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Addressing Suicide Among Cancer Patients

Depression and suicide prevention

The recent suicides of highly regarded fashion designer Kate Spade and television celebrity chef and author Anthony Bourdain remind us this mental health crisis can touch anyone.

Cancer patients are no exception.

According to the Centers for Disease Control and Prevention (CDC), suicide rates between 1999 and 2016 have risen more than 30 percent in half of the country and by nearly 60 percent in some states.

This trend is particularly worrisome for cancer patients because this group has a higher suicide risk than the general public.

For mesothelioma patients and the people who care for them, one part of this picture deserves special attention: People with lung cancer or associated diseases may be particularly vulnerable to suicide.

Much Higher Suicide Risk Among Lung Cancer Patients

Researchers presented information at the 2017 American Thoracic Society meeting on suicide rates among patients with cancers of the breast, prostate, colon and lung.

Using a large database, the study’s authors identified 3.64 million cases of these four cancer types that had occurred between 1973 and 2013.

The rate of suicide in patients with any type of cancer was 60 percent higher (1.6 times) than for the U.S. population as a whole.

Among lung cancer patients, suicide was more than four times as common compared with the general population.

The study did not consider mesothelioma separately from other types of lung cancer. However, many of the characteristics which seemed to make lung cancer patients more susceptible to suicide overlap with mesothelioma cancer.

Men, widowed patients, older individuals and people with aggressive and metastatic disease — which are common among mesothelioma patients — had the highest suicide rate among people with lung cancer.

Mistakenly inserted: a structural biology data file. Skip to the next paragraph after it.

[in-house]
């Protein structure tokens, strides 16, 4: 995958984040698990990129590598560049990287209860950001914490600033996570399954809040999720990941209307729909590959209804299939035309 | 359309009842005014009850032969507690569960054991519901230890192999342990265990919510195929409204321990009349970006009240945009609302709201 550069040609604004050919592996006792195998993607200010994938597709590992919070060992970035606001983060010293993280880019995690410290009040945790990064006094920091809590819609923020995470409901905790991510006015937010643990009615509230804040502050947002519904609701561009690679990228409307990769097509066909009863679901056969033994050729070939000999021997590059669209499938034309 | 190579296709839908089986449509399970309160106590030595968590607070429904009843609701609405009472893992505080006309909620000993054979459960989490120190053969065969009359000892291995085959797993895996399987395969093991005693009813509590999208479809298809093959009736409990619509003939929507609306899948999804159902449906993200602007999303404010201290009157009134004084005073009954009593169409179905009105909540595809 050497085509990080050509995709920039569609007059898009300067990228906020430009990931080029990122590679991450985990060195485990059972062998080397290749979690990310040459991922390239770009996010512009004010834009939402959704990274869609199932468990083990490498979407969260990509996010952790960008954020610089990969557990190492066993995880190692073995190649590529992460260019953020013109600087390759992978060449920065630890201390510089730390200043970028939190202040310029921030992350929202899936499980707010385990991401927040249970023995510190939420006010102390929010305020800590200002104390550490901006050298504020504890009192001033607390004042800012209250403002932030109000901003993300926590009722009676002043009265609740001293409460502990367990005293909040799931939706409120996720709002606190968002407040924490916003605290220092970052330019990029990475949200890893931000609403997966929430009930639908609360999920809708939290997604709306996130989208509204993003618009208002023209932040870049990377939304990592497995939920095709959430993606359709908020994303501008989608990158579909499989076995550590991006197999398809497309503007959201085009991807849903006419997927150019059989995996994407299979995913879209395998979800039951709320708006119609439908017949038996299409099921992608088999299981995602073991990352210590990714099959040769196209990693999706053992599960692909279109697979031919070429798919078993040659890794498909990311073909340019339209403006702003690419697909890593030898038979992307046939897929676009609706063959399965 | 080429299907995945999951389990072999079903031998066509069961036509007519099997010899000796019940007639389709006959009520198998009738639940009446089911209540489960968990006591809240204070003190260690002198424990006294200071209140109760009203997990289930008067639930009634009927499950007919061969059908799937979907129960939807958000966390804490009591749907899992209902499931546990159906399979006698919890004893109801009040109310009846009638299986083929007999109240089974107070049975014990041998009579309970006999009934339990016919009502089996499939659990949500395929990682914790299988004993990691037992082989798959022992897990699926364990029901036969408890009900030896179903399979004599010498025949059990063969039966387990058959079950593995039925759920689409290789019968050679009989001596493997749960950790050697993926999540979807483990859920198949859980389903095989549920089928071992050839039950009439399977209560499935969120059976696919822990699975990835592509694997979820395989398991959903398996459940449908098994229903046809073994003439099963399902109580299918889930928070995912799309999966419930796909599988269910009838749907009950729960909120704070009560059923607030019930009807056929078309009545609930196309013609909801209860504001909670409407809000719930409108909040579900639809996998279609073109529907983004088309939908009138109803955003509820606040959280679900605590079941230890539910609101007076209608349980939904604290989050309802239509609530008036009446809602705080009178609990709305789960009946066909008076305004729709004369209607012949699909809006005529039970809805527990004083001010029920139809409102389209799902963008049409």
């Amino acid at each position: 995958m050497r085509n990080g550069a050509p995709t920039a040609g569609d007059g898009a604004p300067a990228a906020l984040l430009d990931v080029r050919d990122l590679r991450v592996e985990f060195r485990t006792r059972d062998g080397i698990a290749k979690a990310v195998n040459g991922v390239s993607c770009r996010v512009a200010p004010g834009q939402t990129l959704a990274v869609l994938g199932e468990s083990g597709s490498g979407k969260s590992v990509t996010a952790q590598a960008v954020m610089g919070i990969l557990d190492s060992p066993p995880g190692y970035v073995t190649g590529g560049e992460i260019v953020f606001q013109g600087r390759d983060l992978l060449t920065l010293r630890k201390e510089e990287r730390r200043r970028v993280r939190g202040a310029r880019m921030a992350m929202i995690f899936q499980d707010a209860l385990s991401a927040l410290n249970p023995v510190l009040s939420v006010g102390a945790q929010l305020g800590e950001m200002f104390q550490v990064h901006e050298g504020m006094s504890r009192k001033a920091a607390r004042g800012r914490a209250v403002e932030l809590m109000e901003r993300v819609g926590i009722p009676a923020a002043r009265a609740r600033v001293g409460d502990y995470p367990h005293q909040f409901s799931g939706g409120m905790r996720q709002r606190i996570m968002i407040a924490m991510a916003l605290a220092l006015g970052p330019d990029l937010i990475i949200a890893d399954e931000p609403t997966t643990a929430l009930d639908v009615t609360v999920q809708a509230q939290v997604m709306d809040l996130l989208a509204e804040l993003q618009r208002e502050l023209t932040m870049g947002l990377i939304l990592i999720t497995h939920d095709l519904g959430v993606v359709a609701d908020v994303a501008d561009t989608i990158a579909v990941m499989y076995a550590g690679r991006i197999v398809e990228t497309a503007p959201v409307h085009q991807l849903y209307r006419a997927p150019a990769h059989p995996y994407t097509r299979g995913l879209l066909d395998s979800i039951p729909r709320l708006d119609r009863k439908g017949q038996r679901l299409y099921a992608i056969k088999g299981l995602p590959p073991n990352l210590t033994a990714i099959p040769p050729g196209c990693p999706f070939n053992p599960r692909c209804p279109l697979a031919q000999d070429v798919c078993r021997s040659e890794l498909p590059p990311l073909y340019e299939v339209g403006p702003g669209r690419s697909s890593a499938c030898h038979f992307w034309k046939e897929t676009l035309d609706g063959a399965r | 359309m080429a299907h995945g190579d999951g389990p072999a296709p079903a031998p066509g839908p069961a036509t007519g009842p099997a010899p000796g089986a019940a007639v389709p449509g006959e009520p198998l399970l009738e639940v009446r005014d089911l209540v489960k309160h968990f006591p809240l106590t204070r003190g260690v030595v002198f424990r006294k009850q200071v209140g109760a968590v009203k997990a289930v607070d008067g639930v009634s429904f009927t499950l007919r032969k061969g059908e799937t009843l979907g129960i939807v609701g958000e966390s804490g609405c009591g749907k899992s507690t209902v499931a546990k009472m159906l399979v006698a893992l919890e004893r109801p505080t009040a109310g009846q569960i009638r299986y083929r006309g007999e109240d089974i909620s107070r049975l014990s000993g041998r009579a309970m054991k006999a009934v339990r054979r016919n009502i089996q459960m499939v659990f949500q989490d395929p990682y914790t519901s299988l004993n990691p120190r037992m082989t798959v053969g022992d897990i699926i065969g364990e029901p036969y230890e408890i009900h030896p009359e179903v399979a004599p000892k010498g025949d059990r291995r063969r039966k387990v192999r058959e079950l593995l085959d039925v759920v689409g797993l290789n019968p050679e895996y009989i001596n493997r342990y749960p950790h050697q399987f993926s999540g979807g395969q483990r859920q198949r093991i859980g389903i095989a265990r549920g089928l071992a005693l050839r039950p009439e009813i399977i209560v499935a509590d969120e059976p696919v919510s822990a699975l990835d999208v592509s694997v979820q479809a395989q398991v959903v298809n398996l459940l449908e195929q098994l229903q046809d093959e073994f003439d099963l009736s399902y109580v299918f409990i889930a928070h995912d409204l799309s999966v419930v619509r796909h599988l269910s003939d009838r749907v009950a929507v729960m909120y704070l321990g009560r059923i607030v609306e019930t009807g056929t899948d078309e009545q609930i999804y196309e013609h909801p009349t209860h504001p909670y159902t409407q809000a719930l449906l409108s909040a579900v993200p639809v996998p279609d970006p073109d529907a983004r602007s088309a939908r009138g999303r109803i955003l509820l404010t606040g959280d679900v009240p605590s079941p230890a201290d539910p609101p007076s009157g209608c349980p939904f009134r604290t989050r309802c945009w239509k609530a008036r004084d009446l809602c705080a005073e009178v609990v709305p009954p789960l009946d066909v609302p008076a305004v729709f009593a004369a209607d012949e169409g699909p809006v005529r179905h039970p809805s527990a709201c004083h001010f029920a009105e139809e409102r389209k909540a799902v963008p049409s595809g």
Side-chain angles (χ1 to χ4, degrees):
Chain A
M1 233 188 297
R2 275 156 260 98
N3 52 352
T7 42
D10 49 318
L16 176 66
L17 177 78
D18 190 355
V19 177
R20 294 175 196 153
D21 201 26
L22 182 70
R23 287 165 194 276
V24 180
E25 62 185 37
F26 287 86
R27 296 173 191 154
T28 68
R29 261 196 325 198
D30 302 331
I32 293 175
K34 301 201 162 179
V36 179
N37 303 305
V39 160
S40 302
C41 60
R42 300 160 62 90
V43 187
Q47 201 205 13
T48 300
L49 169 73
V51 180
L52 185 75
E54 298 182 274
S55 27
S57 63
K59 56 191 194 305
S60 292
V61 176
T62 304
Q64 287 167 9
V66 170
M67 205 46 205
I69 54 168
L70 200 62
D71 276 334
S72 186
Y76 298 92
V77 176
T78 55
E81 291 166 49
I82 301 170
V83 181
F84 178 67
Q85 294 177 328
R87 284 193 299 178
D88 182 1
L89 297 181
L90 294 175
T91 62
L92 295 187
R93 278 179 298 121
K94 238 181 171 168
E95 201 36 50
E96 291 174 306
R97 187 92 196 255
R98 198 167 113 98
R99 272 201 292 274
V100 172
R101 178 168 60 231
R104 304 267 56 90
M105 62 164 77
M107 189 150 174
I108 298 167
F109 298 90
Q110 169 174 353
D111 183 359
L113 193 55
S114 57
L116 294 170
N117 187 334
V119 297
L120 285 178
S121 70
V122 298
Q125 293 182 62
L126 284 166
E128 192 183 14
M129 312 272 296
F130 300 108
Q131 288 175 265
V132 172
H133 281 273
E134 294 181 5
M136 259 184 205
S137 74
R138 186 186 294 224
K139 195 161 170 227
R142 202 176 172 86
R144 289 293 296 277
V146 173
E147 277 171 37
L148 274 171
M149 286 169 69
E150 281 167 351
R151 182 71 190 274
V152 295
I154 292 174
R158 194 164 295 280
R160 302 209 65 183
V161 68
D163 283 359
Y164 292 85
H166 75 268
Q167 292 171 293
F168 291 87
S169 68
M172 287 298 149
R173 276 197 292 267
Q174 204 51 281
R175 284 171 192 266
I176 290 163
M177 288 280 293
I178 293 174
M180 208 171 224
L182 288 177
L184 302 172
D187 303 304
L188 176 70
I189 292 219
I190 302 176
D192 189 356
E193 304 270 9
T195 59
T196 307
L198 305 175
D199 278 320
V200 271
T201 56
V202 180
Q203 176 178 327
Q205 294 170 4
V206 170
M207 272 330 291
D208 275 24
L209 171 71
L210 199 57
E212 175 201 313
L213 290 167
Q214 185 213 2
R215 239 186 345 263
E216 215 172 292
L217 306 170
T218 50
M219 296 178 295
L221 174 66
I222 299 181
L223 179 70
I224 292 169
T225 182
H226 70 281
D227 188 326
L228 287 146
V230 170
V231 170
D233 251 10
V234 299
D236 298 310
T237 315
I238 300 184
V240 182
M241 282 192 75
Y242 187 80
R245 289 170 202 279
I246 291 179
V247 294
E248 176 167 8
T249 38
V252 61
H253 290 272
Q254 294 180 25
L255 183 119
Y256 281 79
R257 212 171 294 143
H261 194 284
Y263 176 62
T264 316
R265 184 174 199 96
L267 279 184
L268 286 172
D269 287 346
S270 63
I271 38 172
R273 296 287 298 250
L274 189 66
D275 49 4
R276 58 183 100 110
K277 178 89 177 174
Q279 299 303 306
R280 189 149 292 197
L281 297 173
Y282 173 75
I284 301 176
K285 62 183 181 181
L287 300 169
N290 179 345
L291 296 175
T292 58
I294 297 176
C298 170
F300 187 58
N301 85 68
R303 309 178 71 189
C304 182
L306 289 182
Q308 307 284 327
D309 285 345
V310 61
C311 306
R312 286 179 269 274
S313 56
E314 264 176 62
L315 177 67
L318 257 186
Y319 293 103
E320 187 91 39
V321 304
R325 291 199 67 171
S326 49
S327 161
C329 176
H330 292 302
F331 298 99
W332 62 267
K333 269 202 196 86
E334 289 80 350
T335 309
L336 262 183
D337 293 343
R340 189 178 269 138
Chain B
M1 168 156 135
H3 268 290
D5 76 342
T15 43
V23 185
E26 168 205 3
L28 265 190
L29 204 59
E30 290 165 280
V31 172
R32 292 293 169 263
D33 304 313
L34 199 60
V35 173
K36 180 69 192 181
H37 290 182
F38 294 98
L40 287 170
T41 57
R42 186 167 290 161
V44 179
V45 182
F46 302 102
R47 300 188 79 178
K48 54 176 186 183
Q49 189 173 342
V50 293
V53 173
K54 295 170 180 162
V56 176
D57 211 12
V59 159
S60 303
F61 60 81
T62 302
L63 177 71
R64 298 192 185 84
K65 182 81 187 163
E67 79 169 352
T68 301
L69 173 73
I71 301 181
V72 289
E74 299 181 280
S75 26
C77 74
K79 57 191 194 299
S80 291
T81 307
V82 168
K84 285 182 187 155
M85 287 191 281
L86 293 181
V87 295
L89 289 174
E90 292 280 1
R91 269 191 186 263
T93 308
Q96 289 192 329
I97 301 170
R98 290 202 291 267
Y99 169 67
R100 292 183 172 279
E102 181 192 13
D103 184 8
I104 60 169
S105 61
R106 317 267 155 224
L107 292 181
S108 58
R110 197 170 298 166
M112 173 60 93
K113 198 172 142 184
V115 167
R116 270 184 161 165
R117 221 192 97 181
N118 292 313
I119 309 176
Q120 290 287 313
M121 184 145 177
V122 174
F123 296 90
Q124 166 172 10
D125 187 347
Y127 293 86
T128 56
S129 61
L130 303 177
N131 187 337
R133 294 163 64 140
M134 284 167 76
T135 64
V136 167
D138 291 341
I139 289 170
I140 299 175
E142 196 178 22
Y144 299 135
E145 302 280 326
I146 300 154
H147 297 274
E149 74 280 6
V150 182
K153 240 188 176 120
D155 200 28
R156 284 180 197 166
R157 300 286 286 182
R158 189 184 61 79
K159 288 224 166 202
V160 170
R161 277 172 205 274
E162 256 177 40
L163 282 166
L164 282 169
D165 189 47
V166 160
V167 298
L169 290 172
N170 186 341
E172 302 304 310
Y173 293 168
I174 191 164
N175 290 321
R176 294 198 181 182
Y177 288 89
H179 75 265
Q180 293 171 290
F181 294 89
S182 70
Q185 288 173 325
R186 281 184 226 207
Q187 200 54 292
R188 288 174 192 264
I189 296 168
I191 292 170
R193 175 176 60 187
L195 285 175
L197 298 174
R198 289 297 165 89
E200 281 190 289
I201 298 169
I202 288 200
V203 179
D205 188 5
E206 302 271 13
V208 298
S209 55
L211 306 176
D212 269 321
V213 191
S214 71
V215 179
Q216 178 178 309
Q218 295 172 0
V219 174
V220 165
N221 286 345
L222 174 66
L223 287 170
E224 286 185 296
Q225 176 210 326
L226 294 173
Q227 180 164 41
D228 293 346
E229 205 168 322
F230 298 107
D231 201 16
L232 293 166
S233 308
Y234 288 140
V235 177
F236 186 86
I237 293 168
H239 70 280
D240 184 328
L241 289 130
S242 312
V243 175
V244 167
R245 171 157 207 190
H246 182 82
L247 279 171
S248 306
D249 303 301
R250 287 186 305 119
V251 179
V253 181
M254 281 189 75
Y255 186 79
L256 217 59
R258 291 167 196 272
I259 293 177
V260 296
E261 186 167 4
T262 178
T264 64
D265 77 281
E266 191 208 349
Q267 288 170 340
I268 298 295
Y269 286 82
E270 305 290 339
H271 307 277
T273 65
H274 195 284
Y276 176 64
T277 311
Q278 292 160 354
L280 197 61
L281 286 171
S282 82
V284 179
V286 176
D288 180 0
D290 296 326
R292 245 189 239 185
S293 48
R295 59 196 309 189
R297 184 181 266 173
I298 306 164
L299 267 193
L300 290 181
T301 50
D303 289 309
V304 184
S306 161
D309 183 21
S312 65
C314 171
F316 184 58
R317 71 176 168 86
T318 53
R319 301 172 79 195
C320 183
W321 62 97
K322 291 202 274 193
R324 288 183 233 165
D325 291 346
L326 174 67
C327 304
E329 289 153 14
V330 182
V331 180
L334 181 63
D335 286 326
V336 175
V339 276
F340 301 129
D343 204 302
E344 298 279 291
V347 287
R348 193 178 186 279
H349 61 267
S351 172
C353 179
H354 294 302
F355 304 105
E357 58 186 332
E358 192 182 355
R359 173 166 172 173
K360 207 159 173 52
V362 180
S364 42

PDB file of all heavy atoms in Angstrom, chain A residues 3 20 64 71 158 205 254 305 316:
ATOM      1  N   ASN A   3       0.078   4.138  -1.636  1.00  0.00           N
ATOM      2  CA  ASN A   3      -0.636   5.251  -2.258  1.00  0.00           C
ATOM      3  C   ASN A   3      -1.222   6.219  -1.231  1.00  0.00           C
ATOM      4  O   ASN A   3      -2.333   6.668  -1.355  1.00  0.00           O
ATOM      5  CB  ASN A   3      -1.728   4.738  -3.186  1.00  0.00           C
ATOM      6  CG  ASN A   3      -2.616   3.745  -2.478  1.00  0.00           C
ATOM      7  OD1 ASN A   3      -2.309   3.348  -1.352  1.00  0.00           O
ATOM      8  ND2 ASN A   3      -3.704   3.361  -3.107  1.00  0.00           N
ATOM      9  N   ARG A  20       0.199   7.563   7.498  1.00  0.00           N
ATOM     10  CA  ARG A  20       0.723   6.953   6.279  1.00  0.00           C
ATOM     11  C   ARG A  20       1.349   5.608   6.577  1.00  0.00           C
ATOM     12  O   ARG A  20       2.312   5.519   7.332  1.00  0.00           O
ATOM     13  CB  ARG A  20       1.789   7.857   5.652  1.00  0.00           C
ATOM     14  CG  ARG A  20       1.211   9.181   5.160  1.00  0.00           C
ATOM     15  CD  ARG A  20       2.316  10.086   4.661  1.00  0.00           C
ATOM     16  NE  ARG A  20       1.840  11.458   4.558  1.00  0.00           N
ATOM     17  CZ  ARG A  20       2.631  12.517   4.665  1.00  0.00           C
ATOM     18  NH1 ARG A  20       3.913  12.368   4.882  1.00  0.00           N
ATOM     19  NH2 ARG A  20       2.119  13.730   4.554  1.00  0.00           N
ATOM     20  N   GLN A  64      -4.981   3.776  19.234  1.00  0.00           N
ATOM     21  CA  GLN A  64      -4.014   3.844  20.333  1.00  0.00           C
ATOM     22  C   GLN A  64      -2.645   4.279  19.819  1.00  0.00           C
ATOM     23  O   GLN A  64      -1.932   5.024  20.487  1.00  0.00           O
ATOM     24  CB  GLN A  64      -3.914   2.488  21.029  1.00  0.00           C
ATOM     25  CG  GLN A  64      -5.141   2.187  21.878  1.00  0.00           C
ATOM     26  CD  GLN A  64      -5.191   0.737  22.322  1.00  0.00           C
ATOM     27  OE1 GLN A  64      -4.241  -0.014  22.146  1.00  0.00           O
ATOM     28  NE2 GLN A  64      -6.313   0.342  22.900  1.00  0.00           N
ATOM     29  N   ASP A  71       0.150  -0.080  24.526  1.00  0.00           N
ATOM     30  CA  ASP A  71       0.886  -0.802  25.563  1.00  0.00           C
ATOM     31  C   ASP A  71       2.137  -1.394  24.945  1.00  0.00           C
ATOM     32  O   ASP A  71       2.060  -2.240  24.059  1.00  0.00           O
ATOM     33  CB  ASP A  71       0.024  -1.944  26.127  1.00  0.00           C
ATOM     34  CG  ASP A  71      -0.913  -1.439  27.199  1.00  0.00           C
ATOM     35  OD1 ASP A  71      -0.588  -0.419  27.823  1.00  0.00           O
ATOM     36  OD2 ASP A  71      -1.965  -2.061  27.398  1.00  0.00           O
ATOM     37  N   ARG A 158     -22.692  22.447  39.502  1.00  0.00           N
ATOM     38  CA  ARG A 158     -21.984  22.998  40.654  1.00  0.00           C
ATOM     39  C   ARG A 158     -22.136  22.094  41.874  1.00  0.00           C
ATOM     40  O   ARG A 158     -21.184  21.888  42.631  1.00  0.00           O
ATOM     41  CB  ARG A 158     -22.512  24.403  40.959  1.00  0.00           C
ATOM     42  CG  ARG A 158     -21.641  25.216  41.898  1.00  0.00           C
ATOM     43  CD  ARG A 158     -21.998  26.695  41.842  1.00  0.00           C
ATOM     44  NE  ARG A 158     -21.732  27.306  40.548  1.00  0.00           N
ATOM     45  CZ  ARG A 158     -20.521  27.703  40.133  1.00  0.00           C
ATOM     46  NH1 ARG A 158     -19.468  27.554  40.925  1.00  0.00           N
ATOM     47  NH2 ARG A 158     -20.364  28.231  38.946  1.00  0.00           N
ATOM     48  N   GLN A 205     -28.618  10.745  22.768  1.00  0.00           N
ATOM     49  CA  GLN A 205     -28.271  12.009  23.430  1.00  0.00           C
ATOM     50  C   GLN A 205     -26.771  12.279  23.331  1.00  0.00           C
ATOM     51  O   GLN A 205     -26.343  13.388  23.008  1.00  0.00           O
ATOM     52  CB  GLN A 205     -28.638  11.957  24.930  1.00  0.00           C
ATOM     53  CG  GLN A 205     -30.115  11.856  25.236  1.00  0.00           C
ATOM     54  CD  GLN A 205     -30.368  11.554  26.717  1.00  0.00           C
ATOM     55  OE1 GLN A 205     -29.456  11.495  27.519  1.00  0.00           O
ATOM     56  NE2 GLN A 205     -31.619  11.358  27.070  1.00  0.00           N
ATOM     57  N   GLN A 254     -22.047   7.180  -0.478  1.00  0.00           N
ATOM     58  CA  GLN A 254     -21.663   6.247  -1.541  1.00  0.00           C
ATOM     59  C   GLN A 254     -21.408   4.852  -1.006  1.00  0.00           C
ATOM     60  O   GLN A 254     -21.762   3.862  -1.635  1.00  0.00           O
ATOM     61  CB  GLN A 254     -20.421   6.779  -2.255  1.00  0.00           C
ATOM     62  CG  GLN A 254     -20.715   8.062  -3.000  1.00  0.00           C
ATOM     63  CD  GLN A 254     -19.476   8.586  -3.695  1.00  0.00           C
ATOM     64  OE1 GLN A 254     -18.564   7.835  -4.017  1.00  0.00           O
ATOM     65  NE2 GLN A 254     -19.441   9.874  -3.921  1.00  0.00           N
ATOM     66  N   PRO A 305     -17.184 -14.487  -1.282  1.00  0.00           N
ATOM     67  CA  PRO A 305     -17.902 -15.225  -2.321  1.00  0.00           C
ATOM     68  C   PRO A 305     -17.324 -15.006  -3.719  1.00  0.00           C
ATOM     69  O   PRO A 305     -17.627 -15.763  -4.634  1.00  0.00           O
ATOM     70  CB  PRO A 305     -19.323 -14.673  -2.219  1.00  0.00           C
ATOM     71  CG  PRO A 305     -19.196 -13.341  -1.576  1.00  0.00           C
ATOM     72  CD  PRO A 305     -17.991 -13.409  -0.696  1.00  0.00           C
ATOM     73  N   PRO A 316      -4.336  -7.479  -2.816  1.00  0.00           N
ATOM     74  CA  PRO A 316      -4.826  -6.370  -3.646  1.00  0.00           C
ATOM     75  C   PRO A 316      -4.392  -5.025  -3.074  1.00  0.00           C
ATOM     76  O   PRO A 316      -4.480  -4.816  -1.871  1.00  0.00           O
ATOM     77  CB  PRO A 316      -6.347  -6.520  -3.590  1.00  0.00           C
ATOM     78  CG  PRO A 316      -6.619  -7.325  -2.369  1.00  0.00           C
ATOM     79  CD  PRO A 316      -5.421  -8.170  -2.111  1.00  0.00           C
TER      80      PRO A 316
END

In some cases, people in these categories suffered from a suicide rate more than 10 times the rate of the general public.

Bad News Can Lead to Positive Outcomes

Some good has come out of the recent high-profile suicides.

First, people are talking about this, helping to destigmatize depression and other conditions that may lead to suicide.

Mental health is no different than physical health, and it deserves the same attention and care.

More people have realized help is available, too, for themselves and for loved ones. Raising awareness around available resources is an important step toward reducing suicide rates.

Ask for Help, Offer Help

If you or someone you love is contemplating suicide, get help immediately.

Call the National Suicide Prevention Lifeline at 1-800-273-TALK (8255) or visit Suicide Prevention Lifeline.

Learn more about five signs for recognizing suicide risk at BeThe1to.com.

In addition to these resources, the CDC recommends reducing access to lethal means, such as medications and firearms, for anyone at suicide risk.

If someone has just received bad news about their diagnosis, talk about it. It is a myth that asking about suicide will make someone more likely to follow through on the act. Not talking is a much bigger barrier to helping someone.

Talk to Your Health Care Team

A study published June 12 in the Journal of the American Medical Association showed up to one in three U.S. adults may be taking medications linked to depression without even knowing it.

Many common prescription and over-the-counter medications, including those used to treat heart burn, high blood pressure and anxiety, list depression as a potential side effect.